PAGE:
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Zoho Books


Zoho Books Standard is an excellent, highly flexible accounting service that challenges the top players in the space. It lacks integrated payroll and the third-party add ons offered by its main competitors, however.
You may not be familiar with Zoho Books, but if you’re running a small business, you definitely should be. The site assembles the lion’s share of financial tools needed by today’s small businesses; the only piece missing is payroll, which the company plans to start rolling out by the end of 2017. Zoho Books’ usability, flexibility, and depth in standard bookkeeping areas, such as sales and purchases, time- and project-tracking, and inventory management, equal—and sometimes surpass—what is offered by competing websites. Zoho Books also provides more help resources than its rivals, which is critical for accounting solutions: Phone, email, chat, and online documentation are available. Among small business accounting websites, Zoho Books offers an excellent value.
After a 14-day free trial to Zoho Books, you can subscribe to the Basic Plan for $9 per organization per month, which limits you to 50 contacts, one user plus an accountant, and five automated workflows (more on that later) . The supported features include invoices, expense-tracking, projects, and timesheets. The Standard plan ($19 per organization per month) gives you higher limits on everything in Basic, and adds bills, vendor credits, and reporting tags features. Professional ($29 per organization per month) offers unlimited contacts and users, and 10 automated workflows per module, in addition to purchase orders, sales orders, and inventory tracking.
There are few areas where Zoho Books doesn’t meet or exceed the standard set by Intuit QuickBooks Online and Xero, but they’re important ones. User-access permissions can’t be established down to the screen and activity level; they’re much broader. Report customization is weaker. And there’s no payroll integration, though the company is working on it. But in every other area—contact and item records, transactions, inventory and project management, customizability (except for reports) , automation, and user interface/navigation—it’s at least as good as the best we’ve reviewed.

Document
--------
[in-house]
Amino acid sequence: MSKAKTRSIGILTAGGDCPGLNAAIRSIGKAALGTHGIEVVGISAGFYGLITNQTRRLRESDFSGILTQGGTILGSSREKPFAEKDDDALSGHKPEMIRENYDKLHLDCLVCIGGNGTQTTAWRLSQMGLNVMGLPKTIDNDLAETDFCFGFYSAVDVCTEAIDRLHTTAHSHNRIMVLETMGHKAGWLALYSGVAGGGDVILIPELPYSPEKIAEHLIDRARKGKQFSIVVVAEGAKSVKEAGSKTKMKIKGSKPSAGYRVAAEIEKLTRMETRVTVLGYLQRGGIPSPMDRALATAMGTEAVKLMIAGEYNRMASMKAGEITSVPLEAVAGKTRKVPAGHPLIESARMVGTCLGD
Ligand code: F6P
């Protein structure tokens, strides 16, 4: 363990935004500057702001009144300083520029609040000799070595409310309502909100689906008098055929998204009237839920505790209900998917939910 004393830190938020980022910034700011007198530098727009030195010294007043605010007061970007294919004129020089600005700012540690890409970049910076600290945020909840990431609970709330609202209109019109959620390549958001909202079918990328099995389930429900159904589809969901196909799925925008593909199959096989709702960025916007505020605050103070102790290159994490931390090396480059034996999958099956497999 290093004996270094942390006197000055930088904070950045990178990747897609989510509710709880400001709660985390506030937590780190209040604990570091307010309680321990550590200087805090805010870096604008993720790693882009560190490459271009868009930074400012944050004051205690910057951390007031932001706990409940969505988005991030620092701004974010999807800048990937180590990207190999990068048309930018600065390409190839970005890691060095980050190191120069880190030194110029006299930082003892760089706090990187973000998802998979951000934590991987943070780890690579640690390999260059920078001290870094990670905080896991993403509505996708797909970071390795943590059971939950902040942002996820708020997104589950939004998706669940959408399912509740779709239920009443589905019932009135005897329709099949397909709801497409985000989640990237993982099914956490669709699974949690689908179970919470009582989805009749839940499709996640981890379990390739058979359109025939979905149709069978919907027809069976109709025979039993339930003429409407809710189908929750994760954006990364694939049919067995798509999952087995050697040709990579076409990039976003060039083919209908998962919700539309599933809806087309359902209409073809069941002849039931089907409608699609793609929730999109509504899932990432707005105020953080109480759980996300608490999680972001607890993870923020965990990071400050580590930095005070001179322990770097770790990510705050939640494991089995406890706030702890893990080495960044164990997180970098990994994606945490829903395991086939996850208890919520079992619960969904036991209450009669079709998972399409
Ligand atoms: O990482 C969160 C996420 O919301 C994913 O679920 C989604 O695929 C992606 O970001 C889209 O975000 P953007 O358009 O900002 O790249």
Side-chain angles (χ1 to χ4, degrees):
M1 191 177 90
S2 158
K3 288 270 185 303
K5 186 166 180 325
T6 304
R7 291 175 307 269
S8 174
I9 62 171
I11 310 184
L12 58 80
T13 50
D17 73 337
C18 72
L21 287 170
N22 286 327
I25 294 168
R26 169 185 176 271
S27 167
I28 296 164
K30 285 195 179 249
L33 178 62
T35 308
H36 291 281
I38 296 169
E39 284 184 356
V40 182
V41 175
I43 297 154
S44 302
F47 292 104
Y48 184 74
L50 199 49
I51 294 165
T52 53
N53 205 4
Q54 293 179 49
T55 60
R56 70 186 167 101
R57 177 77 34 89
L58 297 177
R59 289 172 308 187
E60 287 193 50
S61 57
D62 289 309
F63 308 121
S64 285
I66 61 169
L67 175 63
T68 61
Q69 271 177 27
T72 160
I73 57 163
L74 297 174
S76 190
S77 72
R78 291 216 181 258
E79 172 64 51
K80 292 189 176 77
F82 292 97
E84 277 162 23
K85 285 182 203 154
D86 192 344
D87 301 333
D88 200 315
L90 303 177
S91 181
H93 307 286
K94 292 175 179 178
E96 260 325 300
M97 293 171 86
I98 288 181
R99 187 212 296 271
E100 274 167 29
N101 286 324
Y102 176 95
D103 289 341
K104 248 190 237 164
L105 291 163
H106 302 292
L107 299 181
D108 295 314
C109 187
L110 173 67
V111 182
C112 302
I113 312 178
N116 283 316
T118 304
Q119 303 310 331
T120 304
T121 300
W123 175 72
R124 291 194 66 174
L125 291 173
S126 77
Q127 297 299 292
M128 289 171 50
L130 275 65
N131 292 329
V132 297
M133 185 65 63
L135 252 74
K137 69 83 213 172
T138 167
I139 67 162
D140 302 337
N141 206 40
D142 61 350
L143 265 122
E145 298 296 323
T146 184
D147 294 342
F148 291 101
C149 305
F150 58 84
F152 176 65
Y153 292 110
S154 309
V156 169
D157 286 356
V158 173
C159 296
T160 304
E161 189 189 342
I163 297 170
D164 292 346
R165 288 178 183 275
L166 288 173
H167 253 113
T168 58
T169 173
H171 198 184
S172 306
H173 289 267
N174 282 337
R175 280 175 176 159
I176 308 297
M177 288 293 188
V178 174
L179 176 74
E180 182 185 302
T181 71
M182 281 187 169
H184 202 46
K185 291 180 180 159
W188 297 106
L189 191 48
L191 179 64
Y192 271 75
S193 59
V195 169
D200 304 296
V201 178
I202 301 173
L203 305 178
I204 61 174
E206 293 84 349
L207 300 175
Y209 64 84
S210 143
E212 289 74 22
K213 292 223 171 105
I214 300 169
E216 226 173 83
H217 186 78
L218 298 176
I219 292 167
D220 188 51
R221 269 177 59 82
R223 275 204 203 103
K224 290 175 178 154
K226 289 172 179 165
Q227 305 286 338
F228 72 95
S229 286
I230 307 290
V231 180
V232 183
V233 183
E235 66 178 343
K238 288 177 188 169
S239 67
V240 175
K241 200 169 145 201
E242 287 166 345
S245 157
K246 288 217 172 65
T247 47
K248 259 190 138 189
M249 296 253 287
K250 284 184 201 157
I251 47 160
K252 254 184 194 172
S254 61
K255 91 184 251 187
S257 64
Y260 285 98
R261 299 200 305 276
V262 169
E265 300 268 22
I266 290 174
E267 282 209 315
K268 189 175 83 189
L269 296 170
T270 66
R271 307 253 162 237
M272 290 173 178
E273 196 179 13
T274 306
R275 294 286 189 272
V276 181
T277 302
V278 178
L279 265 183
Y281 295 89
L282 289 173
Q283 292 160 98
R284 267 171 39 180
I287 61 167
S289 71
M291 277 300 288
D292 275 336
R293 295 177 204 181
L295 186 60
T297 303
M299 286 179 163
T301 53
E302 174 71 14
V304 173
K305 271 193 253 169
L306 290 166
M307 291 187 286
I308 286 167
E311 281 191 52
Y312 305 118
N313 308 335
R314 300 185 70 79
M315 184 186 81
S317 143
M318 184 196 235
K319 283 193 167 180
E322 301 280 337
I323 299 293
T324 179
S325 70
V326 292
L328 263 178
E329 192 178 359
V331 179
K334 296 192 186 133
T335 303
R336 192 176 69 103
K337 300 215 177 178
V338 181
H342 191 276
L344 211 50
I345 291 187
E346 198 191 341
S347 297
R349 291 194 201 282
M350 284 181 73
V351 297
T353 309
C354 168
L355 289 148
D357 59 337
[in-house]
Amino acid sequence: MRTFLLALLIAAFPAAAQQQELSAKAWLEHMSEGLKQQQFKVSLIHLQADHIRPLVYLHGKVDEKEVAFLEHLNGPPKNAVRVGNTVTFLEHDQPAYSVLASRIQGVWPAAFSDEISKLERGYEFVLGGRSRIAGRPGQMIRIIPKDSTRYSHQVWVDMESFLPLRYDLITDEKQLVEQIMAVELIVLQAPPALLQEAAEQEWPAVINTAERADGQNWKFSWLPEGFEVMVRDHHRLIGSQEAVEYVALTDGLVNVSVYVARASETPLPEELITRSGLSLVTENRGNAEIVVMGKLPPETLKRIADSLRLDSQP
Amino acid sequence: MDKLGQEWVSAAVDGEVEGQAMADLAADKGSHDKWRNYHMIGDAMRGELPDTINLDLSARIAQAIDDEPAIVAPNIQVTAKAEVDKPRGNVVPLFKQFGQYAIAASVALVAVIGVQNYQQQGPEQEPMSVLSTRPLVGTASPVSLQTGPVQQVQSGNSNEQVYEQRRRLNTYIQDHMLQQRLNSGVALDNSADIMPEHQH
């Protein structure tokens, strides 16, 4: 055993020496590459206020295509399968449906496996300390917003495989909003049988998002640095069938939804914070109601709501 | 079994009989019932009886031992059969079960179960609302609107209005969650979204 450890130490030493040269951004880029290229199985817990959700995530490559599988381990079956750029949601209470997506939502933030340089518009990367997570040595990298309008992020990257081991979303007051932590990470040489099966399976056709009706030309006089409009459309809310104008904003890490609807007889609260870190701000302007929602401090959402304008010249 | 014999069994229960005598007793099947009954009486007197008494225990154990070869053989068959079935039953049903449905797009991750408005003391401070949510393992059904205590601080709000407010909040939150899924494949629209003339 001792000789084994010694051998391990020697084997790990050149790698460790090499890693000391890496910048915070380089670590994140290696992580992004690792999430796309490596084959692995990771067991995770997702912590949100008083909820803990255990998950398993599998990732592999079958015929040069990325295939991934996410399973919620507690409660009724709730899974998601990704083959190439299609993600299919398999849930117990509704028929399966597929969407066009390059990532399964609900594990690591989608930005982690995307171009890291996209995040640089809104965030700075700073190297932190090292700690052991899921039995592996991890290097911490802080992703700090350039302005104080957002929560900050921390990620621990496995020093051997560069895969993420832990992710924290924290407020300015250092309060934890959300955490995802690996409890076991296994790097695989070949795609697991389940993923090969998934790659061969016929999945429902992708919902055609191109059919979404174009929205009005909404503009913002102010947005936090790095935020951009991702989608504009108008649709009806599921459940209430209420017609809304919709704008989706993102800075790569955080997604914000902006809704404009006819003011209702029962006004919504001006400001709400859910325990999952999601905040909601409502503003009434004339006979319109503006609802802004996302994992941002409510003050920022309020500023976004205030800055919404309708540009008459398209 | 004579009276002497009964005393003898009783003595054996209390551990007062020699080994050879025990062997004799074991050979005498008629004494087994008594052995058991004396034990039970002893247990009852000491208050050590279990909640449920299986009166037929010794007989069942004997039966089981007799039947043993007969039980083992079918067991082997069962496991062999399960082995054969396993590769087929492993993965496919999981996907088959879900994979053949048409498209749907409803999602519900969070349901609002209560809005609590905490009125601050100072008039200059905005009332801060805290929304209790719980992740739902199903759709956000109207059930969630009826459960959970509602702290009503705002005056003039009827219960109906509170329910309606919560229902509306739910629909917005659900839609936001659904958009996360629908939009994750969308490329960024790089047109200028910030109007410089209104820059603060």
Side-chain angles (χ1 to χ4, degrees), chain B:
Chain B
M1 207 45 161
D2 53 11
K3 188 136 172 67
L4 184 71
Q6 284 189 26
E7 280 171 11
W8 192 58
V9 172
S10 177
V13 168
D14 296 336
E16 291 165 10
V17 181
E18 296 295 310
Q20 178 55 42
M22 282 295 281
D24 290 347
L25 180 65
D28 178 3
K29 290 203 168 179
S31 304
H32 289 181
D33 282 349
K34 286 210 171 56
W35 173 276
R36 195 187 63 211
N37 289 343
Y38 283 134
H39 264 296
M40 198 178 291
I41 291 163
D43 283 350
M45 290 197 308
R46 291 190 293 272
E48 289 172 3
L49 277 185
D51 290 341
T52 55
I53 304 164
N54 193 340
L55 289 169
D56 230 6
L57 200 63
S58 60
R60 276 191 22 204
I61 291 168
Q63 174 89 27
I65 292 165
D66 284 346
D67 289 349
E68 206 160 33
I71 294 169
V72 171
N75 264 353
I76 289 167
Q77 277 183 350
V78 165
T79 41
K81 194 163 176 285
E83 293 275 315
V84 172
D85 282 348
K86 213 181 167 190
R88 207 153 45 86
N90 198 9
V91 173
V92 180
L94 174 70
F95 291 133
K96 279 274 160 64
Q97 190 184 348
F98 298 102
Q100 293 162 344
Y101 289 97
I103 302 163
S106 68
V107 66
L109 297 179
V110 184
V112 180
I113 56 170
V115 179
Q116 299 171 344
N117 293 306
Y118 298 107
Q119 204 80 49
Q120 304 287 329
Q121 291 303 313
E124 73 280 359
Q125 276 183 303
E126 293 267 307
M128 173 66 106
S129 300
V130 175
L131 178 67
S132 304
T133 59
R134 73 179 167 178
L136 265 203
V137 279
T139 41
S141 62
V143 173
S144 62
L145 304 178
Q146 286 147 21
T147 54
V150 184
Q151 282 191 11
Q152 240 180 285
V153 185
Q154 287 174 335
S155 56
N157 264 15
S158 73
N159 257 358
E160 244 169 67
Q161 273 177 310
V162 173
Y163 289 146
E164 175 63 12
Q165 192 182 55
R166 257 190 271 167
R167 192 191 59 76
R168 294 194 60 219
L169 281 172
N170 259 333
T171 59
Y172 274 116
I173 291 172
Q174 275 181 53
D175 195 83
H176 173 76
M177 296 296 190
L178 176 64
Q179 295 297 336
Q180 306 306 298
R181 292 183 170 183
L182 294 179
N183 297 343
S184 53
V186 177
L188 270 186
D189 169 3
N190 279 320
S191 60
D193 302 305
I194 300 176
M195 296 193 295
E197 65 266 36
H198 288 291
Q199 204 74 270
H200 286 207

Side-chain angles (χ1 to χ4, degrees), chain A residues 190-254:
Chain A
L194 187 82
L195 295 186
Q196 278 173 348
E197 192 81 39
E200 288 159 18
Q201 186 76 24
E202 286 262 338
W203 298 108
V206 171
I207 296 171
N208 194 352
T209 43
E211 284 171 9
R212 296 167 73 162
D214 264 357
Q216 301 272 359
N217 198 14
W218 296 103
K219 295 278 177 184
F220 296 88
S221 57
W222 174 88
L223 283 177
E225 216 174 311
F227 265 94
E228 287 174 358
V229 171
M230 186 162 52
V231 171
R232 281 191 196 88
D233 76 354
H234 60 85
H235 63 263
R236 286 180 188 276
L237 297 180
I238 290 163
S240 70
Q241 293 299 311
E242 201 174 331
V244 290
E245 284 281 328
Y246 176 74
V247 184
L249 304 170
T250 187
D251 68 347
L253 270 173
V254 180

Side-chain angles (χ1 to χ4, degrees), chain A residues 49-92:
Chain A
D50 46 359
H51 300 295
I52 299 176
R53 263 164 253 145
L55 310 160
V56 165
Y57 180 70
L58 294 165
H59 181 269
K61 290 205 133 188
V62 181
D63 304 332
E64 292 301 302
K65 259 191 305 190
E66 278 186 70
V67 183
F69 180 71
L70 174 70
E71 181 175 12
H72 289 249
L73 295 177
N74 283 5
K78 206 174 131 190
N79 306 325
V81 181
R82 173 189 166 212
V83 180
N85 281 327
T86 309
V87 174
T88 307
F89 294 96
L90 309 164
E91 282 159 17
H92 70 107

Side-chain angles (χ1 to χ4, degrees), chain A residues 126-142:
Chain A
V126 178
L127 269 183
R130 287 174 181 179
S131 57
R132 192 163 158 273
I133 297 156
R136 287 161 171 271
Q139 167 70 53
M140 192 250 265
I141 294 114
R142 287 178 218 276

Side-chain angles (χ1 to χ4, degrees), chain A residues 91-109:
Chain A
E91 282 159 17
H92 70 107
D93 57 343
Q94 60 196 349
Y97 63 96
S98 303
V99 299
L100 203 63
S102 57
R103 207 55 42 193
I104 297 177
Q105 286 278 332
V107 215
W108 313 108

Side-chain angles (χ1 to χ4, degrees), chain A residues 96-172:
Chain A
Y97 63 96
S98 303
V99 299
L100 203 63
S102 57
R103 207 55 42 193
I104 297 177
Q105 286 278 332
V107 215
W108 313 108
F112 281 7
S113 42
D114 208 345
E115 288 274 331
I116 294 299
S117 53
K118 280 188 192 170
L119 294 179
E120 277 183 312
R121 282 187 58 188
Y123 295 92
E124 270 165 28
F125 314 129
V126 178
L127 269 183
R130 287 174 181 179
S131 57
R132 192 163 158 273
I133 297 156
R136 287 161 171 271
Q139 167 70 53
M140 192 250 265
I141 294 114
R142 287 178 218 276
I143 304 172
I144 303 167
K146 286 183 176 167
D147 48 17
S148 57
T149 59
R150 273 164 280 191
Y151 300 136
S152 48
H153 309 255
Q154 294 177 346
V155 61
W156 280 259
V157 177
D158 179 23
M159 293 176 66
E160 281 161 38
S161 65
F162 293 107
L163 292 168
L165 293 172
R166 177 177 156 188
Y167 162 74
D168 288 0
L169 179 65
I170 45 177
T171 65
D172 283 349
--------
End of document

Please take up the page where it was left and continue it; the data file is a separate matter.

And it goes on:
In its setup process, Zoho Books offers the best of both worlds. The site walks you through a series of screens after you create an account, helping you configure your personal settings, and it tells you on every page that you can revisit the settings options later if you prefer. Like its competitors, Zoho Books divides your setup chores into groups of related tasks. First on anyone’s list is your company profile, which includes details like contact information, tax basis, and fiscal year. The site’s customizability becomes evident even on this page, which is normally a cut-and-dried collection of facts: You can define up to five custom fields.
Next, you enter opening balances. And if more than one person will use Zoho Books, you need to set them up as additional users by assigning them to one of three access levels: Admin (can see/do everything) , Staff (access to everything except reports, settings, and accountant tools) , and TimeSheet Staff (timesheets only) . Xero and Intuit QuickBooks Online let you define user permissions down to the screen and activity level, and OneUp allows restrictions by module.
There is little data that you can’t import into Zoho Books. You can download sample files to ensure that your mapping is correct, and then import contacts, item records, and sales/purchase transactions in CSV and a handful of other global formats (the latter feature is unique to Zoho Books among this group of competitors) .